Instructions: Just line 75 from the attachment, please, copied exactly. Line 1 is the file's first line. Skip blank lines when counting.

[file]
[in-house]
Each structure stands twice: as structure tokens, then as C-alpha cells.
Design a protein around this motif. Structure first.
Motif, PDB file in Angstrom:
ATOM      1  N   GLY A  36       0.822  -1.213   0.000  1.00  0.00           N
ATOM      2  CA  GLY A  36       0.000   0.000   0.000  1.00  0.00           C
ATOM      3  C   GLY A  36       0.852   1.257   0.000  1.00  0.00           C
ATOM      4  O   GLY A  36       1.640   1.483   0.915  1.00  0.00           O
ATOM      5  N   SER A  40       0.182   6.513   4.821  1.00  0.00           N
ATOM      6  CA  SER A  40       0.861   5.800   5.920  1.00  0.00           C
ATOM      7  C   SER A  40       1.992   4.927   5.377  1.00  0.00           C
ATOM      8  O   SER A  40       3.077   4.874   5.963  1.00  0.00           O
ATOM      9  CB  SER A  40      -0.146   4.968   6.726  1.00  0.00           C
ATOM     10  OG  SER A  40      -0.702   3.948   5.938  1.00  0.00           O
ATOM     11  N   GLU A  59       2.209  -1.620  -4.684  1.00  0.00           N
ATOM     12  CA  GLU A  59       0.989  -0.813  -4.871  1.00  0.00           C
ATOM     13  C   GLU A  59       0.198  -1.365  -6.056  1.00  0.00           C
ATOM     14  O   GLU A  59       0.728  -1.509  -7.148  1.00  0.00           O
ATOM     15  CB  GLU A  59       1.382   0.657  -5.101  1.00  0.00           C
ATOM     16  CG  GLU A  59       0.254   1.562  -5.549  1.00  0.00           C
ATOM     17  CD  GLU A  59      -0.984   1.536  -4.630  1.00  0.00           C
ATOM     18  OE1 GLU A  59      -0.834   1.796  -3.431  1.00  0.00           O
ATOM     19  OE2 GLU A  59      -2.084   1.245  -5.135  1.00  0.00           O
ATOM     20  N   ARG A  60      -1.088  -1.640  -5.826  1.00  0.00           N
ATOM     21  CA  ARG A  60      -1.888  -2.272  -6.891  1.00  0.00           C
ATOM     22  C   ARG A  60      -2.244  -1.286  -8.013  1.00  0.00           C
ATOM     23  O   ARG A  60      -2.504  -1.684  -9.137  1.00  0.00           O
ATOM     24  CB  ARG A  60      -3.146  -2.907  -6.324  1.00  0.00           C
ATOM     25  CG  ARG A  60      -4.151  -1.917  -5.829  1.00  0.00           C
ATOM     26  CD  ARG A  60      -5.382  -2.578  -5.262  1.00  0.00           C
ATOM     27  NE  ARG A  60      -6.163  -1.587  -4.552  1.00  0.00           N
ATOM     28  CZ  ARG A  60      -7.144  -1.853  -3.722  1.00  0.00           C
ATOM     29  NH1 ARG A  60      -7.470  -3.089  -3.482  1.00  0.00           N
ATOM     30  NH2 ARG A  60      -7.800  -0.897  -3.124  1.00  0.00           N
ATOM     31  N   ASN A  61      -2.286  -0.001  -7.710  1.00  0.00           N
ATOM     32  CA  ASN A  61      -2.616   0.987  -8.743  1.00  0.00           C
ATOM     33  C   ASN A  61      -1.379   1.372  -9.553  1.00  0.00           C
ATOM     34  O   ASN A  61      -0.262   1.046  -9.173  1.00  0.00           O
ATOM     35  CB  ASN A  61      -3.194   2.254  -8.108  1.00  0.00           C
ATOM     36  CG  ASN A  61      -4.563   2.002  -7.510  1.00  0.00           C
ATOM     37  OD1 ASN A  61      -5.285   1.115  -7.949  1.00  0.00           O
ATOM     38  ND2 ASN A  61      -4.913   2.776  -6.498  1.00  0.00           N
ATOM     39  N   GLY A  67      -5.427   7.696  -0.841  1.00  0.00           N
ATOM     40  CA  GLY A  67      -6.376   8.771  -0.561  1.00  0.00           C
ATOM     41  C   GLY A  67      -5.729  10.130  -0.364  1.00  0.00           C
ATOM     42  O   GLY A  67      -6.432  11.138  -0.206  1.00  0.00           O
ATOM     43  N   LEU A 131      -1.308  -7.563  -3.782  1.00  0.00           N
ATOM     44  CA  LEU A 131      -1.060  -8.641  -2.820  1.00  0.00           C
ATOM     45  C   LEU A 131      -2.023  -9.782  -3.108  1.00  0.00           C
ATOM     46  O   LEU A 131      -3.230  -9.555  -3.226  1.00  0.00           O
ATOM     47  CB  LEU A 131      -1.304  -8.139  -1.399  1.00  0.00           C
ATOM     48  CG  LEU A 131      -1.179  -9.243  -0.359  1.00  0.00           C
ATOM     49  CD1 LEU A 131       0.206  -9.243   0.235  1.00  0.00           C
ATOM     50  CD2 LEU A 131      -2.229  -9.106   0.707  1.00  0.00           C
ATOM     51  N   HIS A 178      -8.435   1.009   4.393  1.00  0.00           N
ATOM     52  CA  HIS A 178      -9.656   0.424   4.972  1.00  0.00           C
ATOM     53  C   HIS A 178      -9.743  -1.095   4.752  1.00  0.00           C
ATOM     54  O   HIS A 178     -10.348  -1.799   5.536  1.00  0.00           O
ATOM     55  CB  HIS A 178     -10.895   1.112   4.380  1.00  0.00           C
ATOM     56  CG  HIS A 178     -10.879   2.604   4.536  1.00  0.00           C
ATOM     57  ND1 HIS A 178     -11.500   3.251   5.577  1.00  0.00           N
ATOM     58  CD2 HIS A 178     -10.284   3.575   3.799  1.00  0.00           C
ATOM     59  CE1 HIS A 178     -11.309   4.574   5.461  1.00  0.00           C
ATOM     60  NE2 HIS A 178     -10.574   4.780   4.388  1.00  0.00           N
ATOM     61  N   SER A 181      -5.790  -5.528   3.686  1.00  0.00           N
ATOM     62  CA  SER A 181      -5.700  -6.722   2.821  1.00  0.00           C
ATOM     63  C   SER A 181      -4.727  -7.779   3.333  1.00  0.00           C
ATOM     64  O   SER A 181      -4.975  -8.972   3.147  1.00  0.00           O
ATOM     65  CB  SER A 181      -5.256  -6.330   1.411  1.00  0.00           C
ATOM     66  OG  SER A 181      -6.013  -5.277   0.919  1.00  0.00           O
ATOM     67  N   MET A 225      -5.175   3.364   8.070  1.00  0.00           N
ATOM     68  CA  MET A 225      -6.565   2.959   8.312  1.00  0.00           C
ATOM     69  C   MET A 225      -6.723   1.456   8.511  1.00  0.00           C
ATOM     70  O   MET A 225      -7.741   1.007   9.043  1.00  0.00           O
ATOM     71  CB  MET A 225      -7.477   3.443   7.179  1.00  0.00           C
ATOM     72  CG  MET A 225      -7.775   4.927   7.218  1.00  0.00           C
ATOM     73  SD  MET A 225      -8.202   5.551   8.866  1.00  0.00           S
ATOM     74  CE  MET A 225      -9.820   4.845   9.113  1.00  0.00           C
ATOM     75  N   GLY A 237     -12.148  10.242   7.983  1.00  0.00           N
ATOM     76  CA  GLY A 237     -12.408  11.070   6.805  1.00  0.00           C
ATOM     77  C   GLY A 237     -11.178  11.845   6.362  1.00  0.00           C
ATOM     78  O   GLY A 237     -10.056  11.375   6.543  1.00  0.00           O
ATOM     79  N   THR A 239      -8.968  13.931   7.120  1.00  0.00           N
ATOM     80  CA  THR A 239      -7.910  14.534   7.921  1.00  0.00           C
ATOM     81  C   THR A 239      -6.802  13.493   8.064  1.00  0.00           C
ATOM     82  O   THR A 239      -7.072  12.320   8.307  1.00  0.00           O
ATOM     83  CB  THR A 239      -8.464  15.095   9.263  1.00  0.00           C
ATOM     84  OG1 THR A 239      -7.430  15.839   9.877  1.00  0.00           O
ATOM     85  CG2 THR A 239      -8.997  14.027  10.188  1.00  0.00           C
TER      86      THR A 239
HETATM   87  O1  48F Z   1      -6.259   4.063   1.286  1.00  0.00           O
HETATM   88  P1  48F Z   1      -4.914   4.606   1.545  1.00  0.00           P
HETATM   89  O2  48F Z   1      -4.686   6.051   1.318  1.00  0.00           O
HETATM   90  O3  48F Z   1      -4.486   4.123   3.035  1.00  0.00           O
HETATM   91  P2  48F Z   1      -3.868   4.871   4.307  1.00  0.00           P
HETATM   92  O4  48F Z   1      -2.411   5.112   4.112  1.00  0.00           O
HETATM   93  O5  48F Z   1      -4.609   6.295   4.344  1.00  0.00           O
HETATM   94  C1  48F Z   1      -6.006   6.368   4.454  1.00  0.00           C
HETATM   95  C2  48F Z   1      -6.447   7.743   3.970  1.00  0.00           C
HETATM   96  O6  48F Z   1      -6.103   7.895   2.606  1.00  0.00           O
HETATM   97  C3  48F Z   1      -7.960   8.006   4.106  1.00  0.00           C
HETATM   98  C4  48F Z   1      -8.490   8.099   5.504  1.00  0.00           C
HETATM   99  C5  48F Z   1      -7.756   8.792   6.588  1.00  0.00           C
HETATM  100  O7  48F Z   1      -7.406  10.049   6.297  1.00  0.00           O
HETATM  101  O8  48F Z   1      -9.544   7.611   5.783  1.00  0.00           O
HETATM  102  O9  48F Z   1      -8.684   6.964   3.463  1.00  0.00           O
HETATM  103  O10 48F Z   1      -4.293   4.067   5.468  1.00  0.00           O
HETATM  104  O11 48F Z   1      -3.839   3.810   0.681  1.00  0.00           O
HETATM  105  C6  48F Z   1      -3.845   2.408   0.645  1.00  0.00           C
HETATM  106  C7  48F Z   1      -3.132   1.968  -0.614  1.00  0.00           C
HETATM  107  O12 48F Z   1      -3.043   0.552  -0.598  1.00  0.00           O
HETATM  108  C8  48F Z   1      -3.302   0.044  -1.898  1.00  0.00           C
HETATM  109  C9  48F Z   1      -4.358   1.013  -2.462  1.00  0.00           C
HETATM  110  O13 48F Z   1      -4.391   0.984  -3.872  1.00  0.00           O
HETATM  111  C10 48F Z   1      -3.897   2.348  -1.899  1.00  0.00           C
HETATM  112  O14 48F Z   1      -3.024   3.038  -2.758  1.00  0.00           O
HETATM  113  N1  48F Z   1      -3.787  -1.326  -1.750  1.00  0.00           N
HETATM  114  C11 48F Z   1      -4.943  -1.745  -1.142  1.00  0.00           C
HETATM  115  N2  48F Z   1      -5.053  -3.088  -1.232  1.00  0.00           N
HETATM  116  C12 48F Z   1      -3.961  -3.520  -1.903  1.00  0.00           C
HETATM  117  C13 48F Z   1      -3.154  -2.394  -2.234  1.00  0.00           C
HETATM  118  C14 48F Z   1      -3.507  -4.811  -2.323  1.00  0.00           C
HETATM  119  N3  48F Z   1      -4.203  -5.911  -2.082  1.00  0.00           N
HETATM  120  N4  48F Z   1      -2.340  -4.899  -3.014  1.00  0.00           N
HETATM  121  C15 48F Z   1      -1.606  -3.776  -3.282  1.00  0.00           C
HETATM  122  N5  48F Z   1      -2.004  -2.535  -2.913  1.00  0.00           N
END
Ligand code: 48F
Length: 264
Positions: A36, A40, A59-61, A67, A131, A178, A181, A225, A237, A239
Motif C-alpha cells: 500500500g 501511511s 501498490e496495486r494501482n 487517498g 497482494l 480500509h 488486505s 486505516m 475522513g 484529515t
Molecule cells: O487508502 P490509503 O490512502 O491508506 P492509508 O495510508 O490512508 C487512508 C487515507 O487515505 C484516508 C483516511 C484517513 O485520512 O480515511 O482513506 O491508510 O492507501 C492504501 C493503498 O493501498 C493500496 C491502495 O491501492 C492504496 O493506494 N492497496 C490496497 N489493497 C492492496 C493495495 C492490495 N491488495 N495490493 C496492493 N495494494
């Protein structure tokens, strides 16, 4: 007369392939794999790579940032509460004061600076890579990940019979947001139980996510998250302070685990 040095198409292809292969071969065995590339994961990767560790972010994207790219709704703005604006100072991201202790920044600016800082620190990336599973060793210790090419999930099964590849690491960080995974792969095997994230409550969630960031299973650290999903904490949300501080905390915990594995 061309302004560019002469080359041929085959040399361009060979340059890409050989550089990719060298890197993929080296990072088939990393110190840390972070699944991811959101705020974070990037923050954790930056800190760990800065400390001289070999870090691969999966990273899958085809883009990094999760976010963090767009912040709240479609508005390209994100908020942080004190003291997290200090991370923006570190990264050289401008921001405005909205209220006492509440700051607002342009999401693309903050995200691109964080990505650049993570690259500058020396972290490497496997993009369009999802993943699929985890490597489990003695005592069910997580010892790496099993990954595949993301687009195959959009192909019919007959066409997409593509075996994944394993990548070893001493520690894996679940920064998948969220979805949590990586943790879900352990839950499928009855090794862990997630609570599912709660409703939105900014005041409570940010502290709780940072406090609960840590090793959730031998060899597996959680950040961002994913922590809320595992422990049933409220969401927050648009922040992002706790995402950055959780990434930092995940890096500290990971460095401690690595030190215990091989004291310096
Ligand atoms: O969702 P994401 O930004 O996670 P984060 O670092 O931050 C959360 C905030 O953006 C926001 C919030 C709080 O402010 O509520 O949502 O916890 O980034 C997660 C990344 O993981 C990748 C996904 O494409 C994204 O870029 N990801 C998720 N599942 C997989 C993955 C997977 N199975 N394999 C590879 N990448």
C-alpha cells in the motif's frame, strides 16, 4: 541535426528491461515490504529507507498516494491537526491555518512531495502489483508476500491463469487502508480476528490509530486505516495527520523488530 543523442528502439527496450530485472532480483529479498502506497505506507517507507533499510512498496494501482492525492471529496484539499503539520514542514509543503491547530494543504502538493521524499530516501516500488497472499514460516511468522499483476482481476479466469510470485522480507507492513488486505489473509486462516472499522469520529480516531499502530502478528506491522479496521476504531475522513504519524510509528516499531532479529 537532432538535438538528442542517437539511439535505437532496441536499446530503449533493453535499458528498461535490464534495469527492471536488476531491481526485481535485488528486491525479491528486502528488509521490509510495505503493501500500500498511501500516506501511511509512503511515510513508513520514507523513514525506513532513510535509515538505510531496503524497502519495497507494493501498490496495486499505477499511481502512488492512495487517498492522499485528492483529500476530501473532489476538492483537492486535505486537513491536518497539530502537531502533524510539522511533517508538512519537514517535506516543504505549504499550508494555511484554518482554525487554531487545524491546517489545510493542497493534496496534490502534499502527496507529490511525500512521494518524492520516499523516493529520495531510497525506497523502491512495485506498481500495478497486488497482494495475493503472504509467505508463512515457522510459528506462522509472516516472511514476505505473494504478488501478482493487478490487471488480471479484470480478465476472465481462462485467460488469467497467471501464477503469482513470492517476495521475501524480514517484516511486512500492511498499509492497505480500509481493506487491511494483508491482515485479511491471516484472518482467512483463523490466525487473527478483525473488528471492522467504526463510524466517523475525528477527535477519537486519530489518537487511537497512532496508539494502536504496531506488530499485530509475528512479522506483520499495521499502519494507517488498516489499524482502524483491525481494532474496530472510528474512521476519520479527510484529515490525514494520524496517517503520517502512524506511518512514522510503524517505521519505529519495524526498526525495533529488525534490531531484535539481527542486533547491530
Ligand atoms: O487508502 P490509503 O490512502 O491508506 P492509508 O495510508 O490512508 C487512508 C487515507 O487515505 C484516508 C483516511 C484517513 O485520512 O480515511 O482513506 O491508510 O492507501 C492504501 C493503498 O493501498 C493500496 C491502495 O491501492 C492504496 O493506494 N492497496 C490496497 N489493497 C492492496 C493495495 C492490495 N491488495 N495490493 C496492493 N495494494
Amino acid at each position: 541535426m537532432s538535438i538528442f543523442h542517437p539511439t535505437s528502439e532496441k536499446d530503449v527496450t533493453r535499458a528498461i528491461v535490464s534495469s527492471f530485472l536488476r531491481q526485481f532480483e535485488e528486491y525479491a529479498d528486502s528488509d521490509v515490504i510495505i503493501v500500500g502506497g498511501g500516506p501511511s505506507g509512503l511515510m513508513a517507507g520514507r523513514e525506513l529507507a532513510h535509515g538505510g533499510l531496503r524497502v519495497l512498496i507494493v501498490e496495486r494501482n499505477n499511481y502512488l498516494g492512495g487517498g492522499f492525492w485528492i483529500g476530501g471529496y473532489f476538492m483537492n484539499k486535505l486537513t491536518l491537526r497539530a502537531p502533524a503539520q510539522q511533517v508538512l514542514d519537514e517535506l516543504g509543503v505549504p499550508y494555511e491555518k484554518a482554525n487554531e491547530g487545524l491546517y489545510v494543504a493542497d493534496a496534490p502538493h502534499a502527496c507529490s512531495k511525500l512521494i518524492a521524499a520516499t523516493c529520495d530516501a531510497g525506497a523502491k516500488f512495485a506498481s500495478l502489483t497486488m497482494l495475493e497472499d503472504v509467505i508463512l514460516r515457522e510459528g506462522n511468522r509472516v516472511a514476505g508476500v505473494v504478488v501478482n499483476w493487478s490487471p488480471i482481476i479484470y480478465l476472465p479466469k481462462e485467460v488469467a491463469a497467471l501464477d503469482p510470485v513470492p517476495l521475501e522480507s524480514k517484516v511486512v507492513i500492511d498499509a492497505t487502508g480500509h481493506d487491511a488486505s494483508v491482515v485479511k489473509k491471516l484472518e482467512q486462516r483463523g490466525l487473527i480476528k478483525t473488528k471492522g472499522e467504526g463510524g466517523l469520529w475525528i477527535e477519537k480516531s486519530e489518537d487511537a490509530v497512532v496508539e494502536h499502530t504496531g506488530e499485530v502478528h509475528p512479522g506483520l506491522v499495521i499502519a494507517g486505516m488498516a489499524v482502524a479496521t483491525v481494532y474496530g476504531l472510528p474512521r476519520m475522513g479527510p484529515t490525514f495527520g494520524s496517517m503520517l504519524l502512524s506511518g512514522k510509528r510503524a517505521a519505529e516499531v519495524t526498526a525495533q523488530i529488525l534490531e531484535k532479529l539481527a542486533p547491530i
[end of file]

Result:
ATOM     71  CB  MET A 225      -7.477   3.443   7.179  1.00  0.00           C